As much as $5 billion in Facebook ad revenue is 'at risk' from the Cambridge Analytica crisis
- Facebook's latest crisis raises significant risks of increased regulation, writes GHB Insights analyst Dan Ives.
- Increased regulation could constrain Facebook's "golden" advertising business model.
- As much as $5 billion in annual ad revenue could be at risk, Ives reckons.
The pressure is mounting on Facebook, as lawmakers and state attorneys demand answers about the unauthorized use of its user information by a Trump-linked data targeting firm.
And if Facebook doesn't put the fire out soon, its business could suffer some serious damage.According to GBH Insights analyst Dan Ives, roughly $4 billion to $5 billion of Facebook's annual advertising revenue is at risk in this crisis.
"The concern from the Street's perspective is this latest fiasco could reignite the debate within the Beltway and
EU around a tighter regulatory environment Facebook and its social platform brethren (Twitter, Alphabet) could face, leading to major changes/impact to the company's advertising model and key monetization engines for 2018 and beyond," Ives writes.
Shares of Facebook have declined 10% to $168.15 since Friday's close of market, as news of Facebook's problem with Cambridge Analytica first came to light. The personal information of some 50 million Facebook users was improperly used by Cambridge Analytica to build "psychographic" profiles of voters and to target them with manipulative ads in support of its clients, including Donald Trump's successful presidential campaign in 2016.
Adding to the crisis has been the utter silence of Facebook CEO Mark Zuckerberg and COO Sheryl Sandberg.
"The radio silence from executives over the last few days has added fuel to the growing Cambridge fire and if this data leak fiasco is left to fester it could take on a life of its own," Ives writes in the note, which describes the current situation as a "dark chapter" for Facebook.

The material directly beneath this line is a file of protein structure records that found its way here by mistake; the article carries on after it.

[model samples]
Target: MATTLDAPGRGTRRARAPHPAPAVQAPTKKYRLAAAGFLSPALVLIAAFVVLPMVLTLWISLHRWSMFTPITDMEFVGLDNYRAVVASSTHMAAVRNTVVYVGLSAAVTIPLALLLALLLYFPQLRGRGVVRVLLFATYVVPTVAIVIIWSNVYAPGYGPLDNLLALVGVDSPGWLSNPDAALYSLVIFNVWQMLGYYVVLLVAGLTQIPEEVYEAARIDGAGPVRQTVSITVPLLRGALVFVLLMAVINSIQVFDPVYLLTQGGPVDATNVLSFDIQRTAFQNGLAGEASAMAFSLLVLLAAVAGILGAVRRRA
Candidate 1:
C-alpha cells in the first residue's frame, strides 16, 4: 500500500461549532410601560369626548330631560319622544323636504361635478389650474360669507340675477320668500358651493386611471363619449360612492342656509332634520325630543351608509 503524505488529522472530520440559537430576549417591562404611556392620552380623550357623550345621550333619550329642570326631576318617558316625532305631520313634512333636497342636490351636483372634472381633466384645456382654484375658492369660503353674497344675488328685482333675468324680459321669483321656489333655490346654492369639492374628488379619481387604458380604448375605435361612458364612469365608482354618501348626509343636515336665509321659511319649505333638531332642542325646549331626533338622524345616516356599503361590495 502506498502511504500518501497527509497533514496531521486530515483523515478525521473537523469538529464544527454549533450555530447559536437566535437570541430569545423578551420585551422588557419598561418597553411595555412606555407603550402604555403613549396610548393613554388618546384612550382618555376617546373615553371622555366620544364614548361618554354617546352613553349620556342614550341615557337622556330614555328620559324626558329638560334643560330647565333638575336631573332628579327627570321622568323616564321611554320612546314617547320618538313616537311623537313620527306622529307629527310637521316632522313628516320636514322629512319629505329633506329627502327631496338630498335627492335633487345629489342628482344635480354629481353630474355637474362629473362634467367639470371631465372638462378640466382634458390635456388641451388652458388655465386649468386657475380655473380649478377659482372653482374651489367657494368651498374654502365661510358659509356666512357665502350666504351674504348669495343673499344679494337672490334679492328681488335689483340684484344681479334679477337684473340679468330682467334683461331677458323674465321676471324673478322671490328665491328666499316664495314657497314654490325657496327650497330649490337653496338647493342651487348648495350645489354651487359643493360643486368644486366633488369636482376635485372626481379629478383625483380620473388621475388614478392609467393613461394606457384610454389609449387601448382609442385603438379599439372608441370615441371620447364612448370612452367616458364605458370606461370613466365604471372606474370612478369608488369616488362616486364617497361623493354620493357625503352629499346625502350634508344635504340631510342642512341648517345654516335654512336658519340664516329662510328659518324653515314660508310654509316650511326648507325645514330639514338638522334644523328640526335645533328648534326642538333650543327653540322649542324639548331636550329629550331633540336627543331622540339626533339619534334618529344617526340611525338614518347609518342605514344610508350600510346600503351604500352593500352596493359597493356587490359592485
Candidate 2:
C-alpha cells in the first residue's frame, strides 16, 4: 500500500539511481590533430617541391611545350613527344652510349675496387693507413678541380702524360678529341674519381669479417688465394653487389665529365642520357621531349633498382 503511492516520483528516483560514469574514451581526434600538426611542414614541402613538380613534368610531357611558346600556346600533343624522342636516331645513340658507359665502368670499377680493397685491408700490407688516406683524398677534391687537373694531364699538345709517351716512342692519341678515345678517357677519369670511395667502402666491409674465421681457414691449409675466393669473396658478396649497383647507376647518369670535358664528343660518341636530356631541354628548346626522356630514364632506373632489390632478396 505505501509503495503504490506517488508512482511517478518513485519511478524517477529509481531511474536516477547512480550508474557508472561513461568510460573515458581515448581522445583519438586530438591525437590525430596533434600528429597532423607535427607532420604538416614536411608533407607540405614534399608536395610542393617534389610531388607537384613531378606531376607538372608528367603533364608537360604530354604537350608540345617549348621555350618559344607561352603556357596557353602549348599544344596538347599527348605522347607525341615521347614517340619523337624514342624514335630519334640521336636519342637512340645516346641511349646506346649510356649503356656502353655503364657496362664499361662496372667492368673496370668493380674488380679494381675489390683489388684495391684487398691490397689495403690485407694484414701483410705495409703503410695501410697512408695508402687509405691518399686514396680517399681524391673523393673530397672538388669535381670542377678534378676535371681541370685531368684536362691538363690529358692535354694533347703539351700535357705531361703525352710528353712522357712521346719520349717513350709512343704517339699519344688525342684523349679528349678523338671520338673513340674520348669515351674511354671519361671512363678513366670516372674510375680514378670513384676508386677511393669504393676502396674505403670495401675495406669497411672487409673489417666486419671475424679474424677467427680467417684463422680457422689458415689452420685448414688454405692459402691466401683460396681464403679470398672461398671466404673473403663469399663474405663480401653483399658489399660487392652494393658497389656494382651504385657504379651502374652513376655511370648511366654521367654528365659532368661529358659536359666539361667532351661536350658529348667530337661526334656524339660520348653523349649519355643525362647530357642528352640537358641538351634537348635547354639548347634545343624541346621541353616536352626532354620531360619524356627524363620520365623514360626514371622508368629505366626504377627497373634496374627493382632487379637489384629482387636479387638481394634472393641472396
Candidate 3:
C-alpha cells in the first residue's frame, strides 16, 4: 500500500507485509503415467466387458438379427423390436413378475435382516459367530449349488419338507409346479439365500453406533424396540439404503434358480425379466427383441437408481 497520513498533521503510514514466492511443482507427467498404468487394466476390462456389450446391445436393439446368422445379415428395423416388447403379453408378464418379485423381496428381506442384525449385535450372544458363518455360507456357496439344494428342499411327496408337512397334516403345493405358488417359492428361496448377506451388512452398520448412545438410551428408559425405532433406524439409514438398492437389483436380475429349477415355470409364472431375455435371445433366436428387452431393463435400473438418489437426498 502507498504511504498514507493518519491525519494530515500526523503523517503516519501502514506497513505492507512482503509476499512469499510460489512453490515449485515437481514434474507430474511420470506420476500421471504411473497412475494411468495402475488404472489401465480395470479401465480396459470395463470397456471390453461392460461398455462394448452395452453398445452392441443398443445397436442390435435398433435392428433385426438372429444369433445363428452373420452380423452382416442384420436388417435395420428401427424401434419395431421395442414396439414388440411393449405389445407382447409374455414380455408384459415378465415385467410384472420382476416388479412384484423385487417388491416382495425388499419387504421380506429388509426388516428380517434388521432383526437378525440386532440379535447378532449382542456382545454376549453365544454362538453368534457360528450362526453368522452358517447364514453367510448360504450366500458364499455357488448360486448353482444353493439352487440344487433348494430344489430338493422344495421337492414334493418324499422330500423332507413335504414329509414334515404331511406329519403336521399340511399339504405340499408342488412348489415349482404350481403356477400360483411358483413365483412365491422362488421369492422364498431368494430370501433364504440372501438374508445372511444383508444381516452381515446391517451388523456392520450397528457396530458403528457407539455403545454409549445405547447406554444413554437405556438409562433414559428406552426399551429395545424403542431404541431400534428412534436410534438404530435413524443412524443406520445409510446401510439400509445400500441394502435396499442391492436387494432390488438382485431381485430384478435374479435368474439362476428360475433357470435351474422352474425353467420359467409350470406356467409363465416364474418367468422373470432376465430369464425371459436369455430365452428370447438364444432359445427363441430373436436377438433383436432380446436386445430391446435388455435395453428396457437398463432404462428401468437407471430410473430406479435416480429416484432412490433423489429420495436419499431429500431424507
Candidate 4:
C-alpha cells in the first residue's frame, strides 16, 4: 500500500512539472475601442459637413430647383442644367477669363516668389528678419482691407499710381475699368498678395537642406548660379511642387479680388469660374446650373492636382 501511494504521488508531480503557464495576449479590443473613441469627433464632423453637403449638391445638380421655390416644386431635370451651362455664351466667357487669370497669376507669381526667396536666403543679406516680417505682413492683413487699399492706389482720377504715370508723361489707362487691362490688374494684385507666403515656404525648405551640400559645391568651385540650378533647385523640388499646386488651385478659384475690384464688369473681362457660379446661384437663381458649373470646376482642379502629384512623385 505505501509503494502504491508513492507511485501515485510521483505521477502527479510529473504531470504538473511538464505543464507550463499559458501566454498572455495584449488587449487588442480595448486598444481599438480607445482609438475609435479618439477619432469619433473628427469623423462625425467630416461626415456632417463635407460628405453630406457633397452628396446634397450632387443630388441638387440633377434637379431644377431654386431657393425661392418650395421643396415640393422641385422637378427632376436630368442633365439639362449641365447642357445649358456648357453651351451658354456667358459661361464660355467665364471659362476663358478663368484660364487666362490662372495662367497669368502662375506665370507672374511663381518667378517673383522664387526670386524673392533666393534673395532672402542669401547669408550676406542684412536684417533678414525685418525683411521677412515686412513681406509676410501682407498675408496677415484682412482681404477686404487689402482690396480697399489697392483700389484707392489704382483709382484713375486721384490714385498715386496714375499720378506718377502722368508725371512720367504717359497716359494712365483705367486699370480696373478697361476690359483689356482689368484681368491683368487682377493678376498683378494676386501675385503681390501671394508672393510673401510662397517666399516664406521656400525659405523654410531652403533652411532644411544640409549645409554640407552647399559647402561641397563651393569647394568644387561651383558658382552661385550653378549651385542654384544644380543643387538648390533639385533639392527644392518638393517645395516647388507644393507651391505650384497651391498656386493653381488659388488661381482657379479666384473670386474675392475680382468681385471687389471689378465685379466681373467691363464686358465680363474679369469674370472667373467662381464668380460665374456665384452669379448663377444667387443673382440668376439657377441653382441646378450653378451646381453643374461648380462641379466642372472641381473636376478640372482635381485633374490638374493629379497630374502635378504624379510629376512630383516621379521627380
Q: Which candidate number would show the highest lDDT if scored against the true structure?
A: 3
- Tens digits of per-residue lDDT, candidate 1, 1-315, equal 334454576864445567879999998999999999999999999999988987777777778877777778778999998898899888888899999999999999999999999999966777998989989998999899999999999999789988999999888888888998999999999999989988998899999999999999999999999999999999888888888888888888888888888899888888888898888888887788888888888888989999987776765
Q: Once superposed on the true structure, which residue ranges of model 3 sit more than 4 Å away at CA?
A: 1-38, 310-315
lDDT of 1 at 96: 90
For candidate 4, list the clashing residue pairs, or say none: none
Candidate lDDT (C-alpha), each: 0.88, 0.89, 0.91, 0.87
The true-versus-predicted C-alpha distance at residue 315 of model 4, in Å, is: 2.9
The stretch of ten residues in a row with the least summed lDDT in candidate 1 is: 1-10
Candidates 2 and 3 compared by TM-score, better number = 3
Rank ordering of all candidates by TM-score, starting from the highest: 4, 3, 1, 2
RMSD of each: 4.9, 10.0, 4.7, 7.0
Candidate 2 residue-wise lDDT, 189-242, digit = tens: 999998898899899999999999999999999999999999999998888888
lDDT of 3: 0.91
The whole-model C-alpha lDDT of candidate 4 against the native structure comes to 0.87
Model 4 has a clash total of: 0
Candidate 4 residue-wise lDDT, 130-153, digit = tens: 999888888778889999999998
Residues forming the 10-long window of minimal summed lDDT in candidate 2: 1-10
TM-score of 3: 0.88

It's a stunning reversal for Facebook, which has been one of Wall Street's most beloved stocks for several years now.Rougly one year ago, analysts were singing the virtues of Facebook's boundless potential with notes to investors declaring that results were "sweet as cookie layer crunch" and that "the best is yet to come."
Facebook generated $40.6 billion in revenue in 2017, virtually all of it from online ads that appear on its 2-billion member social network. Analysts have been expecting the top line to grow to $55.2 billion this year, with the only questions focused on how many more video ads Facebook can cram into its newsfeed and its Instagram app.
But if Ives' worst case scenario plays out, Facebook's revenue could come in as much as 9% below Wall Street's targets as regulators pick apart its "golden business model."
For all his fears however, Ives is not lowering his $225 price target or his "Highly Attractive" rating on the stock.
"While the tightening focus from the Beltway is something to keep a very close eye on along with Zuckerberg's ability to navigate Facebook through this hurricane-like storm, we continue to believe through further investments in security (partially speaks to Facebook's stepped-up investment profile for 2018), ad content AI, improved content algorithms/screening mechanism, and with other platform enhancements that Facebook can keep regulators at bay," Ives writes.